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Why do we assume time 0 reserves are equal to 0?

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asked Nov 15 in BUS 3024S - Contingencies by Kelly (390 points)

Is this a simplifying assumption that is used for all contingencies exams and tests? Or is there a rational explanation? 

I understand that before a policy is sold, no reserves are required. But as the policy is sold, surely one can (and should) set up a reserve, say particularly if we are pricing reserves using zeroization? Furthermore, surely there are regulations which ensure insurance companies hold reserves for consumer protection purposes (and these would include time 0 reserves).

Also, unless premiums are calculated using the equivalence principle and the reserving basis is the same as the premium pricing basis, then surely time 0 reserves are not strictly 0?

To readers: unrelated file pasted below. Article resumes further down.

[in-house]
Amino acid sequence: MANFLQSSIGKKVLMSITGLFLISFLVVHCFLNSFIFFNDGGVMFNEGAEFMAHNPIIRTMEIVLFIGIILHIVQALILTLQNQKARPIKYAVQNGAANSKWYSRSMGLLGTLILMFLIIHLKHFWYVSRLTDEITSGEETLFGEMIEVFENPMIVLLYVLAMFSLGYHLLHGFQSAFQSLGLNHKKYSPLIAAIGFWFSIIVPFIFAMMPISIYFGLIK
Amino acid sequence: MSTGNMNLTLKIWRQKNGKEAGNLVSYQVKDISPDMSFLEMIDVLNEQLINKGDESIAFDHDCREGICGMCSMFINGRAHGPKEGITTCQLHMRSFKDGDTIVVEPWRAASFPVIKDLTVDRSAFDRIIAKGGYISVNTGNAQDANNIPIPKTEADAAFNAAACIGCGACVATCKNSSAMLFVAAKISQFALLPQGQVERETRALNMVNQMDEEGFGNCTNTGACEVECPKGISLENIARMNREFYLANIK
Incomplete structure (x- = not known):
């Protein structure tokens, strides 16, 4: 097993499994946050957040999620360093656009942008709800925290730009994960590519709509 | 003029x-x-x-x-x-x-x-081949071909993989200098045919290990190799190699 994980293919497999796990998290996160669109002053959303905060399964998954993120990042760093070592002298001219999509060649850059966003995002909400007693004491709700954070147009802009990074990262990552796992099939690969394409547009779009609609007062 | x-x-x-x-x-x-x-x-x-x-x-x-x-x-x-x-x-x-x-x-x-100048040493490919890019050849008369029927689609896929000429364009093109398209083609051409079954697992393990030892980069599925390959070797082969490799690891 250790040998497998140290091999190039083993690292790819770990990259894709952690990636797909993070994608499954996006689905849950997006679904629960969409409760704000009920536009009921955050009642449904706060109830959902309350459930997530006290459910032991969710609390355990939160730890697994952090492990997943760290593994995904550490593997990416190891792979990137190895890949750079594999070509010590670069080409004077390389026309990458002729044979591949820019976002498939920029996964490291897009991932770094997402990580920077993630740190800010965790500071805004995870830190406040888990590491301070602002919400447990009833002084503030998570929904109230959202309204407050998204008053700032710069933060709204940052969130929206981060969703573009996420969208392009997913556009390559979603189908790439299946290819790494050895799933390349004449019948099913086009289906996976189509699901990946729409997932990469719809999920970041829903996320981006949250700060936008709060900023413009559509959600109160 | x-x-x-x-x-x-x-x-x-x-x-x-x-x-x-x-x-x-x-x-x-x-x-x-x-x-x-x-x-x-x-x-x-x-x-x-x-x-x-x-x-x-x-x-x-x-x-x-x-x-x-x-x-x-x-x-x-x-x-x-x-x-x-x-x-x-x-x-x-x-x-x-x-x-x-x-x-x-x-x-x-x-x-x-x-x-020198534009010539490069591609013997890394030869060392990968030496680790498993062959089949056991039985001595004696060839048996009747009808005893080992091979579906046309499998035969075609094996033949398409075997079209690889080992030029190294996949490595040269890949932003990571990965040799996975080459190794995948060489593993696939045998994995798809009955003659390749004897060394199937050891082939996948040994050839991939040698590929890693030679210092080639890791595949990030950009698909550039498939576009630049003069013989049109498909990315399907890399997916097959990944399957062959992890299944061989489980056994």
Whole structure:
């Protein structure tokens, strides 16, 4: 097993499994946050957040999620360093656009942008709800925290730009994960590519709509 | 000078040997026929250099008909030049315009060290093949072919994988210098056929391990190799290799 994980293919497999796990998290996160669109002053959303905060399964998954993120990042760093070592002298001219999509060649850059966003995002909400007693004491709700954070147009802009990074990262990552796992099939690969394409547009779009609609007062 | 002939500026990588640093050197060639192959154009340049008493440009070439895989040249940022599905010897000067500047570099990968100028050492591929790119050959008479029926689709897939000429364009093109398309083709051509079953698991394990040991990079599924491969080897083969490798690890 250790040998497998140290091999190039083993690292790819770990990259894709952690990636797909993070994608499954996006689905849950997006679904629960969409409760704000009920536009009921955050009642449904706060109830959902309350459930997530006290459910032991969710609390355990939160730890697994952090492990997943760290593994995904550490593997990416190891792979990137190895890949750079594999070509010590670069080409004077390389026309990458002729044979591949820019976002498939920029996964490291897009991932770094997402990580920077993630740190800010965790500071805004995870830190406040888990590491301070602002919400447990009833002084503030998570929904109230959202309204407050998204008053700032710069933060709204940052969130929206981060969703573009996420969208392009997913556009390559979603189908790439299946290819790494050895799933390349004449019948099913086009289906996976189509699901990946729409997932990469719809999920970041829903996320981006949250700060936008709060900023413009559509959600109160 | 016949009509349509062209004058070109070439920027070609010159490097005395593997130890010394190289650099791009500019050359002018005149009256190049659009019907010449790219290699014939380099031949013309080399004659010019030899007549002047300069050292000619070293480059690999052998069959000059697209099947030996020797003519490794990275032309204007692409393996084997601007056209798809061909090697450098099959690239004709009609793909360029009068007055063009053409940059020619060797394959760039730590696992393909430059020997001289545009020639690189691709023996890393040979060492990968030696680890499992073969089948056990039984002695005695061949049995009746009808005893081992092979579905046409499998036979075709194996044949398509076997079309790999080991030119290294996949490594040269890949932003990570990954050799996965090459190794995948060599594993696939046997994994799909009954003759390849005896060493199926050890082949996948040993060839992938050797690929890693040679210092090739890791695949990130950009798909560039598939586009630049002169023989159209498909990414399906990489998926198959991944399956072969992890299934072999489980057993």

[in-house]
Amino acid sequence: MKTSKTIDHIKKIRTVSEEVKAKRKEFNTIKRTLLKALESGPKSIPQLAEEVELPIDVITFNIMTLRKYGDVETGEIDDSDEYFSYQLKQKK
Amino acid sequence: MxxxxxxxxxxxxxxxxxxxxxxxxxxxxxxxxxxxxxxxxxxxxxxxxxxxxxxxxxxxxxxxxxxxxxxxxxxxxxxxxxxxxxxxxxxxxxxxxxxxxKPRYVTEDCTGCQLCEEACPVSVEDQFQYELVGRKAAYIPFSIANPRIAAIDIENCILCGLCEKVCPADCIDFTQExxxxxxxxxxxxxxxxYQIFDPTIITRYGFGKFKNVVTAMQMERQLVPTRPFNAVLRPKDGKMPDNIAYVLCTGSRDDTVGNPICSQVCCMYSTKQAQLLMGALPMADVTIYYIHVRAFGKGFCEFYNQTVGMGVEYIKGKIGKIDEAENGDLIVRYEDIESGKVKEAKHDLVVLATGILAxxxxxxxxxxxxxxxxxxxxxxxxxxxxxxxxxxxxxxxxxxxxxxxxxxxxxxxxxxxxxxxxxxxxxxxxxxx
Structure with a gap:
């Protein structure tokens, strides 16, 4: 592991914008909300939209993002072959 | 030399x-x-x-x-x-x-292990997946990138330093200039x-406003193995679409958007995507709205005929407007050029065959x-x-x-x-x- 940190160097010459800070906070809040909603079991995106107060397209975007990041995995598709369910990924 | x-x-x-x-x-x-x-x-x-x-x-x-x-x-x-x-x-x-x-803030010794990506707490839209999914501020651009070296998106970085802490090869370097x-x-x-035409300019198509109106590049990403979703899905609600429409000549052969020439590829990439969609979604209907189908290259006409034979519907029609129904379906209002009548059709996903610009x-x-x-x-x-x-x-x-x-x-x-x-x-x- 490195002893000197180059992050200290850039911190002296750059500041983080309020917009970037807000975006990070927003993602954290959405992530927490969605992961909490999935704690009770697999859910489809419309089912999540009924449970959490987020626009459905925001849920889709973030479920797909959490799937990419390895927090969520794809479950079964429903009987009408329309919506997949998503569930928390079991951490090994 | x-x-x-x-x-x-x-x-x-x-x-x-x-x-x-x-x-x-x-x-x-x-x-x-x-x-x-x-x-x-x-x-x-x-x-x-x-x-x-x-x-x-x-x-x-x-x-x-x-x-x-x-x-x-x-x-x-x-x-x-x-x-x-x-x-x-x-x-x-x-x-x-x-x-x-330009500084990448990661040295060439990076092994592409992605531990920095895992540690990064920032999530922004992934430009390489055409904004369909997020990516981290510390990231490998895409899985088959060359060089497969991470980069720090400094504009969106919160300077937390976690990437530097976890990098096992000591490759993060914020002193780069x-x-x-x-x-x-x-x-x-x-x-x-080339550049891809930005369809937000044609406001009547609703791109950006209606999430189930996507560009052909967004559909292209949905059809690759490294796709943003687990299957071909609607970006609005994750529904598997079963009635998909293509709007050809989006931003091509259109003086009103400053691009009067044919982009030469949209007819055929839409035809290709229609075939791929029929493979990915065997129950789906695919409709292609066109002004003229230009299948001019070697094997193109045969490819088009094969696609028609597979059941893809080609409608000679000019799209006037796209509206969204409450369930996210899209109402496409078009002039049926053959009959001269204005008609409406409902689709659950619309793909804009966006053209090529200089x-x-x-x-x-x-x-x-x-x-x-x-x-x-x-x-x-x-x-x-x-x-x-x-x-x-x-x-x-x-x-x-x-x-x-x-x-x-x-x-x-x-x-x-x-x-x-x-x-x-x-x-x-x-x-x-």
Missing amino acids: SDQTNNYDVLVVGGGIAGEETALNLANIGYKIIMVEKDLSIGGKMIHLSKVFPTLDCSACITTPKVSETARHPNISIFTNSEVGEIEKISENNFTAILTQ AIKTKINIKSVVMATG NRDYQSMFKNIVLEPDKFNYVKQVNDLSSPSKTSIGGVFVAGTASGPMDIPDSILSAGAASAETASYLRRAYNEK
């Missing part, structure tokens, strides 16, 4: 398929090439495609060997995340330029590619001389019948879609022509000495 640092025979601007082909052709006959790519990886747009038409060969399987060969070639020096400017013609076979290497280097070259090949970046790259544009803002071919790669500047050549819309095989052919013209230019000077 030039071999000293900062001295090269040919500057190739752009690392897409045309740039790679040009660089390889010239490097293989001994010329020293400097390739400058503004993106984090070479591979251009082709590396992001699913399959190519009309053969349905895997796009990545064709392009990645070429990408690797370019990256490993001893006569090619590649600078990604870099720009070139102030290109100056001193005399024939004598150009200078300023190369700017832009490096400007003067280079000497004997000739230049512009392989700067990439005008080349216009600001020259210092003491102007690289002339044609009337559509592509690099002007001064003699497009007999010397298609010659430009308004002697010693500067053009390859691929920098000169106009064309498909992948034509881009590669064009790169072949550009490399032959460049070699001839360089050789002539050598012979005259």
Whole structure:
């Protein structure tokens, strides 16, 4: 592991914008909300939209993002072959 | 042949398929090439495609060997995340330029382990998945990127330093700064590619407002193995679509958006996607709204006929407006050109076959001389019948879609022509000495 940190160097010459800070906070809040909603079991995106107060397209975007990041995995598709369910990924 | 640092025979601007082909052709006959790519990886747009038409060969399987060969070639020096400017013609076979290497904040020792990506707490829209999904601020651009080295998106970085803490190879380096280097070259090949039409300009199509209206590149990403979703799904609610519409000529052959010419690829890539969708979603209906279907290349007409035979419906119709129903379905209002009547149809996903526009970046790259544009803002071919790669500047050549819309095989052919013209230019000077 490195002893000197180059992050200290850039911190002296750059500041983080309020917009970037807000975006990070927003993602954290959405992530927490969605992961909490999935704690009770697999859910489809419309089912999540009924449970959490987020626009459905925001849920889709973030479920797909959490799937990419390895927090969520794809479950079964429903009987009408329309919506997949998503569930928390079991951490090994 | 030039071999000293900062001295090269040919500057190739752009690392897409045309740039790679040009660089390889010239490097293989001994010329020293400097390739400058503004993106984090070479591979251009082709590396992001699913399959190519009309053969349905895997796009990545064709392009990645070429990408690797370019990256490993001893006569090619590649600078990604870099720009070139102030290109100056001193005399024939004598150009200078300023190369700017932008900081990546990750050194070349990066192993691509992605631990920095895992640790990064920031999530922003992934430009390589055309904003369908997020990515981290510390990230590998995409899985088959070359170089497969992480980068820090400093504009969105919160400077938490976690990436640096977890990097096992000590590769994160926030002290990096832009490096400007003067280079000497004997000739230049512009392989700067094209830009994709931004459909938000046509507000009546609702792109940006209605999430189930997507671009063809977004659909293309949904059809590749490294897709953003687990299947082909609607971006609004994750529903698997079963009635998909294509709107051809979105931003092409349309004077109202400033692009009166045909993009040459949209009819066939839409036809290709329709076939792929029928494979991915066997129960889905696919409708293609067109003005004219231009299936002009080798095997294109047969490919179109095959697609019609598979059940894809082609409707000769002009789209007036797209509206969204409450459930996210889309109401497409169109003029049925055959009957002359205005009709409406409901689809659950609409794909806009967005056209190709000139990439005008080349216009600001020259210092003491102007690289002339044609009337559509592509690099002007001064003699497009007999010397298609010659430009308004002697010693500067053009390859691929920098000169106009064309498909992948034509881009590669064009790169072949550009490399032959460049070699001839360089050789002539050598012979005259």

Test 2 question 4b is a good example where they've made the tV0=0 assumption. 

1 Answer

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answered Nov 15 by Dean_Bunce (1,120 points)
 
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You are right about time 0 reserves being non-zero if the reserving basis is different from the pricing basis.

The regulations are not something that are relevant to Conties (also I don't know what they are, but its the kind of thing that seems sensible).

0 reserves at time 0 tend to come up when the required reserves calculated are negative at time 0 i.e. the company can release an immediate profit. This is not prudent so is not generally done. Also if there are negative reserves at the beginning it is likely that reserves are going to be required later on. So instead of releasing profits at the beginning we take 0 profits and reduce the reserves that will be needed later on. 

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